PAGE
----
On Monday morning, December 1st, my 9-MONTH-PREGNANT wife got a text from her mom that the airline went on strike Monday and Tuesday. This news was not good for stressed out soon-to-be first time parents with a million other things on their mind. The fit-to-fly certificate was at this point 7 days old. Keep in mind that 10 days is the maximum or you need a new health certificate. Knowing that I have to drive to Frankfurt that day, we are immediately on the phone with the agent in Frankfurt and they recommend that we proceed as before; to deliver him as scheduled and he will be well looked after in the Frankfurt airport animal lounge.

To be safe and on top of things, we decided to make a last minute visit to the vet to get a back-up health certificate in case there are further delays. As we return from the vet, my wife says that she needs to go to the hospital for pain. My mother-in-law and sister-in-law are luckily with us, and we head to hospital where they tell us that we will be parents within 36 hours. We needed to get Schneider to Frankfurt so that he would be on a next available flight.

My sister and I drive overnight to Frankfurt, leaving my wife and mother-in-law at the hospital. We deliver Schneider to the lounge early Tuesday morning, and start the drive back during a slight snow and ice storm in Germany assuming he will be on a flight on Wednesday. We make it back to the hospital with 45 minutes to spare before my beautiful baby girl is born.

The airline can’t book him on Wednesday and then it happens again… the airline strikes on Thursday (which would be day 10 for the original health certificate -- luckily we got the back-up). Vanessa is emailing and on the phone with me this entire week and assures me that he will be booked on Friday. His flight is confirmed but delayed. By 2:30 a.m. my time, I’m on video-chat with my mother when they safely deliver our furry child home to her in Texas.

Vanessa kept me up-to-date at every turn and I couldn't have been more grateful for her attention to every detail. If we need to move Schneider again, PetRelocation will be our first call.

Thank you Matt and Vanessa for all that you've done.

Sincerely,
Tim

Nervous Owners, Nervous Pets: Addressing Common Pet Travel Concerns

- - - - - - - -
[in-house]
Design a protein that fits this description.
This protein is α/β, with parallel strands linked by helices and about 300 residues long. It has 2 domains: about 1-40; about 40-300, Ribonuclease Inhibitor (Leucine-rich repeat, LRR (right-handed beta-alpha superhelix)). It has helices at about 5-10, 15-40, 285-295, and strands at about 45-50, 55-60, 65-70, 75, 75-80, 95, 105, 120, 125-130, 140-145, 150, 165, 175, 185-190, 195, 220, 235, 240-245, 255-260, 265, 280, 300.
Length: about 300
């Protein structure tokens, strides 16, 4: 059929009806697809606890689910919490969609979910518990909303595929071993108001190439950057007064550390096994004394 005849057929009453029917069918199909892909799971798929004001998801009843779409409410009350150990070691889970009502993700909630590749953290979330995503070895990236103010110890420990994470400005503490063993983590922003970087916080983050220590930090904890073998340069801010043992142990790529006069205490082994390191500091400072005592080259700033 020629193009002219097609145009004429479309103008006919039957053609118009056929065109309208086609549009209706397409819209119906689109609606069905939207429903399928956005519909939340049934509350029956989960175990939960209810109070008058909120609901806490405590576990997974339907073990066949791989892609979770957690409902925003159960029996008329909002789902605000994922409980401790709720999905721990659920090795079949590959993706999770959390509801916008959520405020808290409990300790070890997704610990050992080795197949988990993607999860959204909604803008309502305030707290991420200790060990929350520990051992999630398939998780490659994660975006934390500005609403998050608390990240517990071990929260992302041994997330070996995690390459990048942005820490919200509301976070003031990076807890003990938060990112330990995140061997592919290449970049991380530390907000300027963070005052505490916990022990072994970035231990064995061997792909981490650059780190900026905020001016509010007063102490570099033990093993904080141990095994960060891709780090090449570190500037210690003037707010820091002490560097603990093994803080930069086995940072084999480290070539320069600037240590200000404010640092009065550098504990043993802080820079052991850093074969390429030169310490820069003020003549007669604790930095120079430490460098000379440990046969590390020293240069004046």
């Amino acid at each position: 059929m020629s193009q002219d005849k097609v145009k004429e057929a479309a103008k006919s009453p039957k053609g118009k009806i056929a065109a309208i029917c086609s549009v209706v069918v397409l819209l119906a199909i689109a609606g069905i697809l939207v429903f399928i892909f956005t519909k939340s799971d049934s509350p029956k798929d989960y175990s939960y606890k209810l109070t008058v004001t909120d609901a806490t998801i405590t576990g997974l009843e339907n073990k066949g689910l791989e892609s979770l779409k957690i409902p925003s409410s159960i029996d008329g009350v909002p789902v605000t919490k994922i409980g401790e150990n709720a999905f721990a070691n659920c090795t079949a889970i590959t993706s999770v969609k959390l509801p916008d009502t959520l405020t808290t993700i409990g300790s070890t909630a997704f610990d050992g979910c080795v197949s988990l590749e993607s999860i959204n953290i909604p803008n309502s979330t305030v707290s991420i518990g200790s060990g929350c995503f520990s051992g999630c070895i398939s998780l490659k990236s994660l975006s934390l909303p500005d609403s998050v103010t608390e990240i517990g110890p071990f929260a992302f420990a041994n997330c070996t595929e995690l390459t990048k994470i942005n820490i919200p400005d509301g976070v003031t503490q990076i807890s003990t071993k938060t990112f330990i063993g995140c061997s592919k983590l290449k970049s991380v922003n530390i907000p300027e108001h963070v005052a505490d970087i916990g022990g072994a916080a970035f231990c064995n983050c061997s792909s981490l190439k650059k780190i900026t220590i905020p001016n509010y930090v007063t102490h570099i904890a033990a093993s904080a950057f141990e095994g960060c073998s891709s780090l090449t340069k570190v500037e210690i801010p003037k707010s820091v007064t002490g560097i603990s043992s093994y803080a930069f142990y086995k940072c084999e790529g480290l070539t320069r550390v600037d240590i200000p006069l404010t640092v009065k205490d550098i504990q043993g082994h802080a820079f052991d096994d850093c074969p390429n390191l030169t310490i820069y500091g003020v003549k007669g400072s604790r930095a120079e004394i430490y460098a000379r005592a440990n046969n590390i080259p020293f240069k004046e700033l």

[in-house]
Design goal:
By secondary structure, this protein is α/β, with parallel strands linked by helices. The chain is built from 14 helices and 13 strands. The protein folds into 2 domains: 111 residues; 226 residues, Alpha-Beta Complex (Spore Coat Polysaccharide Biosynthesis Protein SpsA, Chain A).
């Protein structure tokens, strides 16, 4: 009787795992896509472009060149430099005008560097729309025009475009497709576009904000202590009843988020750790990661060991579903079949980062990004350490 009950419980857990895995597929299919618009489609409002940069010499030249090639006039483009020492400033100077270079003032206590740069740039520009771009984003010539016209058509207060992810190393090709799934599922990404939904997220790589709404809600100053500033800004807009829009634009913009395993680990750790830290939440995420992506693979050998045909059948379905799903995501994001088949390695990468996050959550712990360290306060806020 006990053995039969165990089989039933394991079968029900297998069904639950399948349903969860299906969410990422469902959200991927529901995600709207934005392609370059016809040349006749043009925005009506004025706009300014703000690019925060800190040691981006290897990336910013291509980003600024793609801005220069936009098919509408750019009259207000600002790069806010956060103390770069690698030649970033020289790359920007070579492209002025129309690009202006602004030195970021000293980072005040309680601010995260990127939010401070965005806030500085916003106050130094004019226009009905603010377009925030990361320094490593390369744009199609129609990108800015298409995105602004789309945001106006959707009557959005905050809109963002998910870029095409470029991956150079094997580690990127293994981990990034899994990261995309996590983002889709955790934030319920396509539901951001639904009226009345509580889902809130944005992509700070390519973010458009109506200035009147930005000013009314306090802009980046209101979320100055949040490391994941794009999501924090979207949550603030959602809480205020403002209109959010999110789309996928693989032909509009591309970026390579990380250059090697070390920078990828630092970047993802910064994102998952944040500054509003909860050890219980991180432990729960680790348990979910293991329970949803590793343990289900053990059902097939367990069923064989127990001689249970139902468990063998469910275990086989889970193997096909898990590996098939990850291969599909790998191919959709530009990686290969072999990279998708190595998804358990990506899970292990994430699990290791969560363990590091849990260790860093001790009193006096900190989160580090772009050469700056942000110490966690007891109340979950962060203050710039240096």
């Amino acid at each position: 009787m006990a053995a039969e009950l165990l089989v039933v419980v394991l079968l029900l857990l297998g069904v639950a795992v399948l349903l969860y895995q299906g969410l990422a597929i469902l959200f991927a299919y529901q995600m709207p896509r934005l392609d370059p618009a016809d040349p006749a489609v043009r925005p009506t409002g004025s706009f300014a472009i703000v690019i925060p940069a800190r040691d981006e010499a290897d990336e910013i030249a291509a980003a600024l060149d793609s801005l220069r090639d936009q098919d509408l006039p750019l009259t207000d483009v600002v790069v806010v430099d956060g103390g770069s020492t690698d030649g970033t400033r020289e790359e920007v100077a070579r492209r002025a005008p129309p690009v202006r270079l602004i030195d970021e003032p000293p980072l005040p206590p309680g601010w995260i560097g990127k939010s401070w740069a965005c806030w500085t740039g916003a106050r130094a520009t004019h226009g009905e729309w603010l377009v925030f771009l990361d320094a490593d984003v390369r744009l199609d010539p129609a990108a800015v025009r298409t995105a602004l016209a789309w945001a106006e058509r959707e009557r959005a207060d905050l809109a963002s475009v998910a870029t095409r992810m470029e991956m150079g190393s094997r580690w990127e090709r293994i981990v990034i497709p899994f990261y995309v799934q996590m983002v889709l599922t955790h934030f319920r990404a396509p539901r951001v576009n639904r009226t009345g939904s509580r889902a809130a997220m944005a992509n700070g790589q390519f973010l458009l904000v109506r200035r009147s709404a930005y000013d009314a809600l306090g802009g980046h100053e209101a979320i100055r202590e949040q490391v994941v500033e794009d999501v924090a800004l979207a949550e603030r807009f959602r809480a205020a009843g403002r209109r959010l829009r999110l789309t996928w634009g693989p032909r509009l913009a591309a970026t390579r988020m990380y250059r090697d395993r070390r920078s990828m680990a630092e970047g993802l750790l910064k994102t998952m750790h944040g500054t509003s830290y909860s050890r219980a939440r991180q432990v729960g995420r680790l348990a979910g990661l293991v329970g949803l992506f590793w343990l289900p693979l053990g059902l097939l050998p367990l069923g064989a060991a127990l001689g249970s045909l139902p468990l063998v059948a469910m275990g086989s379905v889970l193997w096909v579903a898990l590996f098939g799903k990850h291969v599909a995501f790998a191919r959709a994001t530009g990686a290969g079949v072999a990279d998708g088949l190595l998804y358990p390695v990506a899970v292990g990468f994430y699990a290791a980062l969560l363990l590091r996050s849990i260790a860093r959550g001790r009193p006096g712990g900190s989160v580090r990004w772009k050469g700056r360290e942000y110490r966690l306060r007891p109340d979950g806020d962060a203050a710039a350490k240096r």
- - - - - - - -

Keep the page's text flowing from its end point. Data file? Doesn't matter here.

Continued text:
Thursday, December 11, 2014 by Pet Travel Questions

Name: Nicole
Number of Pets: 2
Pet Type: Dog/Cat
Pet Breed: Shepherd/Boxer mix and Tortoiseshell Cat
From: Portland, OR
To: Buenos Aires, Argentina

 

Dear PetRelocation,

I am considering moving to Argentina or Brazil next year. I will not move without my pets. However, I have heard horror stories of the percentage of dogs that die on airplanes. Can you tell me a bit about your safety measures? Will someone travel with my dog in the cargo area? How are the dogs walked/allowed to go to the bathroom on long flights?

My shepherd/boxer mix has a long snout, so the short snout breathing issue is not a problem. However, if he feels threatened, he will be aggressive. He gets reactive with big dogs (mostly other shepherds) and will chase cats (cannot be with my cat).

My cat gets very carsick, so I imagine a flight wouldn't be great either. She will bite if she is touched in the wrong spot. Can you please advise me on how this move might work and what conditions my pets would be in during their travel?

Thanks!

Nicole

 

Hi Nicole,

These are all great questions! Sad stories about airline mishaps often surface in the news, but when you look at the numbers, you'll see that air travel for pets is actually very safe. Please read more about airline pet travel myths on our blog and in this Yahoo Travel article in which we offered some advice, and you may also want to take a look at this recent infographic put together by Barkpost. 

Essentially, it's very important to choose a pet-friendly airline and to prepare your pets through crate-training, a vet health consultation and a generally healthy lifestyle. You can read more basic pet travel tips here. Pets are not accompanied in the cargo area, but this part of the plane is pressure and temperature controlled and often provides a better and more calm environment than the cabin would. Pet-friendly airlines take care to load pets last before departure and remove them first upon arrival, and they will be transported in temperature-controlled vehicles.

As for pets with possible nervousness issues or behavior quirks, please know that safe travel is perfectly possible for them, as well. When working with a pet-friendly airline, trained professionals will be handling pets during comfort stops and pets will not be interacting with other animals during this time. If your pets flew with United and were routed through Houston, for example, they would be given water and a bathroom break at a safe facility under the care of individuals prepared to handle animals of all temperament.